Schizophrenia is a mental health disorder that affects how people perceive the world, think about themselves and others, and experience emotions. About 7-8 people out of every 1,000 individuals will develop schizophrenia, so it is not a common mental health condition like depression or anxiety. Men are slightly more likely than women to develop schizophrenia, and delusions and hallucinations typically begin between 16 and 30 years of age. Rarely, a person may develop the hallmark symptoms, hallucinations and delusions, in childhood or later in life, which can make the condition more difficult to diagnose.
People who struggle with schizophrenia are more likely to harm themselves than others, although substance abuse can increase the risk of violence toward other people or animals. It is unfortunately common for people with untreated schizophrenia to develop substance use disorders, which intensifies the symptoms of the condition as well as the risk of violence and suicide.
How Schizophrenia Is Diagnosed?
In diagnosing schizophrenia, medical professionals use a variety of methods.
In order for a person to meet the criteria for a schizophrenia diagnosis, they must experience at least two mental health symptoms most of the time for a month, and some mental disturbance for six months. Symptoms include:
- Delusions: false beliefs that the person cannot or will not give up
- Hallucinations: a sensory experience (generally visual or auditory) that the individual experiences as real but is not real
- Disordered speech and behavior
- Being catatonic, or in a coma-like daze
- Hyperactive or otherwise strangely manic behavior
If the person displays symptoms that may be schizophrenia, a physician will conduct a thorough exam. This helps to rule out any other reason for the mental health issues, including a tumor, hormone instability, or substance abuse. The physical exam may include tests and screenings like a CAT scan, MRI, or bloodwork.
When It’s More Than Substance Abuse
We Address & Treat Underlying Co-Occurring Issues
Once underlying physical changes have been ruled out, the person struggling with symptoms of schizophrenia must receive an official diagnosis from a psychologist. The professional will use criteria from the DSM-5 to accurately diagnose the person with this, or potentially a different, mental health condition.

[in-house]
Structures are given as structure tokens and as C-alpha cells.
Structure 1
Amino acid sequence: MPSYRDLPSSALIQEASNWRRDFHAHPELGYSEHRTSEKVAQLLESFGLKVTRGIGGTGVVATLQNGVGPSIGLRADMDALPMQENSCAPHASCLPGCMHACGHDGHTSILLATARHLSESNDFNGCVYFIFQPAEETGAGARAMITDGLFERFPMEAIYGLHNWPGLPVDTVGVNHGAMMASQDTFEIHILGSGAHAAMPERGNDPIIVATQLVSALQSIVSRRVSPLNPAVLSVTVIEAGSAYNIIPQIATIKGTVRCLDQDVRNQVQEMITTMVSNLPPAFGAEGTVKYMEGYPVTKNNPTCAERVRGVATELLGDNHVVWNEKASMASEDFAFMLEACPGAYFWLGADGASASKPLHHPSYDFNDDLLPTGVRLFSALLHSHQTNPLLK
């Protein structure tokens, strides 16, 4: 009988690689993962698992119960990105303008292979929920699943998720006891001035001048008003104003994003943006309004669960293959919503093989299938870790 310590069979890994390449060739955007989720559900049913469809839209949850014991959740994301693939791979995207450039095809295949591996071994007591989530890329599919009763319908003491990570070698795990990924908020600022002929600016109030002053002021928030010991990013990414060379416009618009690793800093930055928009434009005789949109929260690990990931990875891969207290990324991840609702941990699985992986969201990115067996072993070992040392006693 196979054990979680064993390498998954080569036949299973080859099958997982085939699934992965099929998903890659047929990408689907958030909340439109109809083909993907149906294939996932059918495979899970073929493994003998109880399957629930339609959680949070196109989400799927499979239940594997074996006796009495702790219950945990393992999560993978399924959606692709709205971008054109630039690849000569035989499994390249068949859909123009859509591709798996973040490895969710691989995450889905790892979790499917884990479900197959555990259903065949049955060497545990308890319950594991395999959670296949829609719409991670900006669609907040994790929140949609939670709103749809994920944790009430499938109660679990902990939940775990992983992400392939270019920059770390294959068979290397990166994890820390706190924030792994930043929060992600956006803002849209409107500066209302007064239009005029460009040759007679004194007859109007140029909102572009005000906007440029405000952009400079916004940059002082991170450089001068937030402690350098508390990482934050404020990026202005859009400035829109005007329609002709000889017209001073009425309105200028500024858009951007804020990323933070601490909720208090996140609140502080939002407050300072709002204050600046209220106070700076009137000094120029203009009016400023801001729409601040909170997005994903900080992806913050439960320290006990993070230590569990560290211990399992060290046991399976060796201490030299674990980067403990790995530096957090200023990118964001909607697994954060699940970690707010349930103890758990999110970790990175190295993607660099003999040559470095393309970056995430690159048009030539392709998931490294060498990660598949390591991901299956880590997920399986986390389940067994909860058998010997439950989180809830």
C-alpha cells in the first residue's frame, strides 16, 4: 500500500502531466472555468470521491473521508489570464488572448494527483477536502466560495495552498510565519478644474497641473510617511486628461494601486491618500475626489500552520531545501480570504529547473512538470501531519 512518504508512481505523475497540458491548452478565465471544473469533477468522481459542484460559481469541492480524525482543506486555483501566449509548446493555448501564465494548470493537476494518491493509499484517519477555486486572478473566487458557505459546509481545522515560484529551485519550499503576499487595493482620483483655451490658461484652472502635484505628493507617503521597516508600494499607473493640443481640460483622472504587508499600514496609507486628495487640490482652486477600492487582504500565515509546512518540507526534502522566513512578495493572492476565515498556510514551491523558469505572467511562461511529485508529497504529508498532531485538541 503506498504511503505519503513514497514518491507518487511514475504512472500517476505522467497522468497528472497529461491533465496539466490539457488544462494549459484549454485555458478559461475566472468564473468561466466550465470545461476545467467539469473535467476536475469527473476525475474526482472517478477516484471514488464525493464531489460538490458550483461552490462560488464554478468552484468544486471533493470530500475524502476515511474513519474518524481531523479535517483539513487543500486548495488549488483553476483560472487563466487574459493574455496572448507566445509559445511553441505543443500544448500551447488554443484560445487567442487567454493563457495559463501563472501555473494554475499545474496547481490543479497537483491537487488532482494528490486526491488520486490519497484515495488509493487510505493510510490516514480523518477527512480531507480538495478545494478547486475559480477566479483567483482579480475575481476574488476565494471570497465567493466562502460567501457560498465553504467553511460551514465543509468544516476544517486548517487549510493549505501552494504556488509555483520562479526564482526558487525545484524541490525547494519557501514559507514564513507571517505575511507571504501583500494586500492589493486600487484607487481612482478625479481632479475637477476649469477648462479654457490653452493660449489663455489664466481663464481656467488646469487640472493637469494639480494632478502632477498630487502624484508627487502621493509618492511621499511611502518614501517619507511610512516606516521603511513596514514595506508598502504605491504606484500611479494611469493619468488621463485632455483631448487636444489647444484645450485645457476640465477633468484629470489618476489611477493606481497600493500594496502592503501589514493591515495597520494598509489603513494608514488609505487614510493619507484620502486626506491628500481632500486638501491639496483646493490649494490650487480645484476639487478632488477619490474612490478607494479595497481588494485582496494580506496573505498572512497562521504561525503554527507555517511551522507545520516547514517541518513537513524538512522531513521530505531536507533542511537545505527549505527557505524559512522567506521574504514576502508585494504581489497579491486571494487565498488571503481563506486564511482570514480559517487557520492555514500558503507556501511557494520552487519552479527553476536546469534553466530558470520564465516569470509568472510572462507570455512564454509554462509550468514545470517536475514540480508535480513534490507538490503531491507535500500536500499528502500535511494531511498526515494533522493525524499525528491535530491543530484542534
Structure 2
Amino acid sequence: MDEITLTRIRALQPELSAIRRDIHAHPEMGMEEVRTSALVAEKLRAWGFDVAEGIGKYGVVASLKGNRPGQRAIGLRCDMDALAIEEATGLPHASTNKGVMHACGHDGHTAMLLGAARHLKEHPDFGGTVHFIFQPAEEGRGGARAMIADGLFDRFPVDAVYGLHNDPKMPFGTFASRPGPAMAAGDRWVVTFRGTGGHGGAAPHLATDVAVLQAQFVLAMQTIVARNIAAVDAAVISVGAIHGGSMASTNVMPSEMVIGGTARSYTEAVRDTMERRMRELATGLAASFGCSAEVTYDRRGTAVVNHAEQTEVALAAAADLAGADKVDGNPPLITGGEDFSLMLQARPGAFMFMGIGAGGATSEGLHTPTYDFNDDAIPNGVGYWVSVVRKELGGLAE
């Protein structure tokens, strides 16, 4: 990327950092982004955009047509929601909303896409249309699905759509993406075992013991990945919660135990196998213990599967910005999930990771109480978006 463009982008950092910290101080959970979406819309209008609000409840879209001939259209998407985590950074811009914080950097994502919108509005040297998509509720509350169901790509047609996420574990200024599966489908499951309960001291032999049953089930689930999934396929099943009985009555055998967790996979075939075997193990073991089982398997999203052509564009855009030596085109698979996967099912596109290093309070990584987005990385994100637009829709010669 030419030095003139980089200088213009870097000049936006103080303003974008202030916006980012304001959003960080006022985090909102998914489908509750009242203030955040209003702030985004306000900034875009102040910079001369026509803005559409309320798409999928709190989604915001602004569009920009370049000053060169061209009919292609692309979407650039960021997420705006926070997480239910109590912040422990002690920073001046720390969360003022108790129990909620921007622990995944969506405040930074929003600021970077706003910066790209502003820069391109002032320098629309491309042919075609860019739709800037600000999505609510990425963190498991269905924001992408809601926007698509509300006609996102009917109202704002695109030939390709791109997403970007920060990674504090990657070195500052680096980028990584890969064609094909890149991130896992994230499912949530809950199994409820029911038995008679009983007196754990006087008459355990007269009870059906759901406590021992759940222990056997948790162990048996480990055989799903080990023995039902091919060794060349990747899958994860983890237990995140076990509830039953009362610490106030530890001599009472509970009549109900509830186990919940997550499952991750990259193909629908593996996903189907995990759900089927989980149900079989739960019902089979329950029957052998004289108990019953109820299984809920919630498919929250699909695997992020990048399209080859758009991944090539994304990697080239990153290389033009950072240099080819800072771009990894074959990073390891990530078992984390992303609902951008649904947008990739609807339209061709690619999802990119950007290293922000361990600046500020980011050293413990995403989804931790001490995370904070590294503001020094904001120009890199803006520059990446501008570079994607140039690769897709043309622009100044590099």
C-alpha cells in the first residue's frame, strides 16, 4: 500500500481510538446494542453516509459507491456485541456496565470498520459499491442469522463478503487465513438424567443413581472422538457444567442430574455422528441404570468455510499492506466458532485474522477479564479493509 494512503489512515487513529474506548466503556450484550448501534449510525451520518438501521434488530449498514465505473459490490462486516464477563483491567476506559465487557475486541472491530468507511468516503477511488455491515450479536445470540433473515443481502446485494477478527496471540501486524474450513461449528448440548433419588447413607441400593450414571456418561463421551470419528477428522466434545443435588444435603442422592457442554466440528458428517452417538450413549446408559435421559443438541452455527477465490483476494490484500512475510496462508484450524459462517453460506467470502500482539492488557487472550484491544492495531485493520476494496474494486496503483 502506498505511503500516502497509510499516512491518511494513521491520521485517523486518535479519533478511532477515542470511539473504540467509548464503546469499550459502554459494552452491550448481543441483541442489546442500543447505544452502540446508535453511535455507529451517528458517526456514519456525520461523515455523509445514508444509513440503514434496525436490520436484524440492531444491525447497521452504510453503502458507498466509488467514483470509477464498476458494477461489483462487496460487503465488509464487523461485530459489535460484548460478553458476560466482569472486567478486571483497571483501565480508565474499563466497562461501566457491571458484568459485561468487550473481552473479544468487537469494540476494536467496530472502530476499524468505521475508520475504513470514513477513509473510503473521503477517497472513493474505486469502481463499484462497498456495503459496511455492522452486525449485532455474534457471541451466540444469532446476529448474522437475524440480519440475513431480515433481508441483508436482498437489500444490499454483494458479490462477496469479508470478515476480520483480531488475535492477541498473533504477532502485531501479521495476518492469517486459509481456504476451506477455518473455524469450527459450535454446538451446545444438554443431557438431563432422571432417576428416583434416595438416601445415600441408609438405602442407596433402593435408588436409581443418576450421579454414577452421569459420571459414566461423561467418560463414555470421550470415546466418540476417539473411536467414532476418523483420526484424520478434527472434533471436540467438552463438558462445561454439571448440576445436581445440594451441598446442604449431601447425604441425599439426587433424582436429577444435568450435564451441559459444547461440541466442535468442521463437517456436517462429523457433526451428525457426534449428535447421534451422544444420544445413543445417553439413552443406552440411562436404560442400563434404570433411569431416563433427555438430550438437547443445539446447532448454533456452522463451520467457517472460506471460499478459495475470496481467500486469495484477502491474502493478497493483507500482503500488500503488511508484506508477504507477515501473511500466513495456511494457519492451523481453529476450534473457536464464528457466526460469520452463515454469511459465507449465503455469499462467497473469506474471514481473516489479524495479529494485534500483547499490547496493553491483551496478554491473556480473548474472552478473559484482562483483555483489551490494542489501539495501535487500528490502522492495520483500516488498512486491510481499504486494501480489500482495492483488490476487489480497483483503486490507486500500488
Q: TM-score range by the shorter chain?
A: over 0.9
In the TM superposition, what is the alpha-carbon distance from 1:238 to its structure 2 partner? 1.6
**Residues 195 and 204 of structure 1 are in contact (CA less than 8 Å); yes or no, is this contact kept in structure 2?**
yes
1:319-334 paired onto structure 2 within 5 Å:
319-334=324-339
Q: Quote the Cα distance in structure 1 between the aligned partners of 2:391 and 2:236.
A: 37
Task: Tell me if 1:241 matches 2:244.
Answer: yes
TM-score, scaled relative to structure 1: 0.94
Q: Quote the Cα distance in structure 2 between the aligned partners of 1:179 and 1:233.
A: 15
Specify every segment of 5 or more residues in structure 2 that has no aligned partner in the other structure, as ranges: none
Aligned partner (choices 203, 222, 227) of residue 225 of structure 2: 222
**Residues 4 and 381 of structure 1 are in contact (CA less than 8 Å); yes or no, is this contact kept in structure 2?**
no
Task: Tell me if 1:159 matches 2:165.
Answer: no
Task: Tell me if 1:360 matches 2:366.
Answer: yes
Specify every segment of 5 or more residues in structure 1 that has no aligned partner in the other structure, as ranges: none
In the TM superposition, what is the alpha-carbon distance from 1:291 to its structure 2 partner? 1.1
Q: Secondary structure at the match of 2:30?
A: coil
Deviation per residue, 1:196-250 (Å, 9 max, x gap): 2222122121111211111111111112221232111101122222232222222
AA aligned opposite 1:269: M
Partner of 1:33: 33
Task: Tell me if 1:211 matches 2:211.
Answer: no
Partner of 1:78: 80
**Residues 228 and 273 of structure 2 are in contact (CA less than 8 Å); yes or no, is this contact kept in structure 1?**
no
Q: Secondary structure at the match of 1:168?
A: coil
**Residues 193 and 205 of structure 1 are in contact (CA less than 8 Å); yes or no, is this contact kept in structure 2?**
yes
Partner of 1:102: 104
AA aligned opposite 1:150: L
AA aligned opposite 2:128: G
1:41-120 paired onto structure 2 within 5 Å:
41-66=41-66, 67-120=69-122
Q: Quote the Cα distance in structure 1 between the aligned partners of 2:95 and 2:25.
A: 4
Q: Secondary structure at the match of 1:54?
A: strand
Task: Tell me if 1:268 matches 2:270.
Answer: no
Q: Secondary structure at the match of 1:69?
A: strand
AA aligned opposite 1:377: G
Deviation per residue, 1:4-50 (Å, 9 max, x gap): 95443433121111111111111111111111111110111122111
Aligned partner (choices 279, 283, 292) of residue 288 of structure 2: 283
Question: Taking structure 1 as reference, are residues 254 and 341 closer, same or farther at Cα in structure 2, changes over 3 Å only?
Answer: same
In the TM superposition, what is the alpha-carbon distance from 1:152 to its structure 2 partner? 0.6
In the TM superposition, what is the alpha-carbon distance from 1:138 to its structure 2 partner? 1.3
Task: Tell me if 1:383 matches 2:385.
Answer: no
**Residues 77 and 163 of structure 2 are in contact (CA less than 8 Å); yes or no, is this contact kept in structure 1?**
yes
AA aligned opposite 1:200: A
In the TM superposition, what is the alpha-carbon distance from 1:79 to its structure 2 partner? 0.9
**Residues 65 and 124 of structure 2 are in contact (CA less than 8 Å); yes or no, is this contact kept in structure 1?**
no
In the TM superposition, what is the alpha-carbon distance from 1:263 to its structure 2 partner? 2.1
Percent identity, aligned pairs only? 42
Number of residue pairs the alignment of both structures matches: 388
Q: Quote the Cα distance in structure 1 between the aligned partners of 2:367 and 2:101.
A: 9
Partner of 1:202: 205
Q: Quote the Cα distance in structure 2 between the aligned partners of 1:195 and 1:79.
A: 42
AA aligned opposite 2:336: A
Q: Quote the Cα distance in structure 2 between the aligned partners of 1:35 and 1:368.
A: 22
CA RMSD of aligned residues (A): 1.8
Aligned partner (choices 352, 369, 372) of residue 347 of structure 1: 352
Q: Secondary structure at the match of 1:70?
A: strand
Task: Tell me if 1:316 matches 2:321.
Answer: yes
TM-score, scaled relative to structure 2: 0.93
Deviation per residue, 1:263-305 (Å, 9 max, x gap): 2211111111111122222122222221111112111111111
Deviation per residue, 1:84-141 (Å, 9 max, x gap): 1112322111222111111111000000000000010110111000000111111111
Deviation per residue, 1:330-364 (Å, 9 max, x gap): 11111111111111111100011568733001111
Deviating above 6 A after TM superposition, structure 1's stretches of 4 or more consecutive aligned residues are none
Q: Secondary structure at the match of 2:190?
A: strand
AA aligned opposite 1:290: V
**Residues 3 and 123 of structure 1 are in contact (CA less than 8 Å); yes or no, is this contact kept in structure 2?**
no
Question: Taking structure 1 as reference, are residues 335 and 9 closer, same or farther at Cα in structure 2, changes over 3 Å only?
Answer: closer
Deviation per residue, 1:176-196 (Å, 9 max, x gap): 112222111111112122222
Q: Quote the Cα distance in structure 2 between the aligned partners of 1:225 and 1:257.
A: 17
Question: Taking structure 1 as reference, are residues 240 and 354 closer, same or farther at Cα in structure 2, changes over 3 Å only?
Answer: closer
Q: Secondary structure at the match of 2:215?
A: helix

A therapist may use a series of questions to determine if the client has schizophrenia or another illness that can appear like schizophrenia, including bipolar disorder or schizoaffective disorder. The psychological questions will also help determine which type of schizophrenia the individual suffers from.There are five types of schizophrenia. They are:
- Paranoid subtype: Hallucinations or delusions revolve around the person being plotted against, persecuted, or betrayed by loved ones. Hallucinations and delusions are prominent, but disorganized speech, flattened emotional reactions, catatonia, and other symptoms are less common.
- Disorganized subtype: This form of schizophrenia involves disordered speech and thoughts but few hallucinations or delusions.
- Catatonic subtype: Bizarre and abnormal behaviors characterize this type of schizophrenia; most commonly, the person exhibits little activity of any kind or hyperactivity.
- Undifferentiated subtype: No one symptom dominates, but symptoms of schizophrenia are present.
- Residual subtype: This type of schizophrenia is typically associated with people who had more prominent symptoms of schizophrenia at one time but no longer suffer from them as intensely; however, milder symptoms are still present.
Treatment for Schizophrenia and Substance Abuse
People who struggle with any mental health issue, including schizophrenia, are at a greater risk of developing problems with substance abuse. Whether there are hallucinations or delusions related to ingesting substances, or the person abuses substances to reduce the impact of the symptoms, these two disorders often co-occur.
When a person with schizophrenia enters a rehabilitation program, it is important that the mental health issue is treated alongside the substance abuse. Treating one disorder without treating the other will not facilitate recovery. It is also important to know how the substances of abuse may have impacted the ability of antipsychotics to help the person manage symptoms of their mental health problem. An integrated treatment team will effectively manage the care plan for the individual, ensuring the best chances of recovery on all fronts.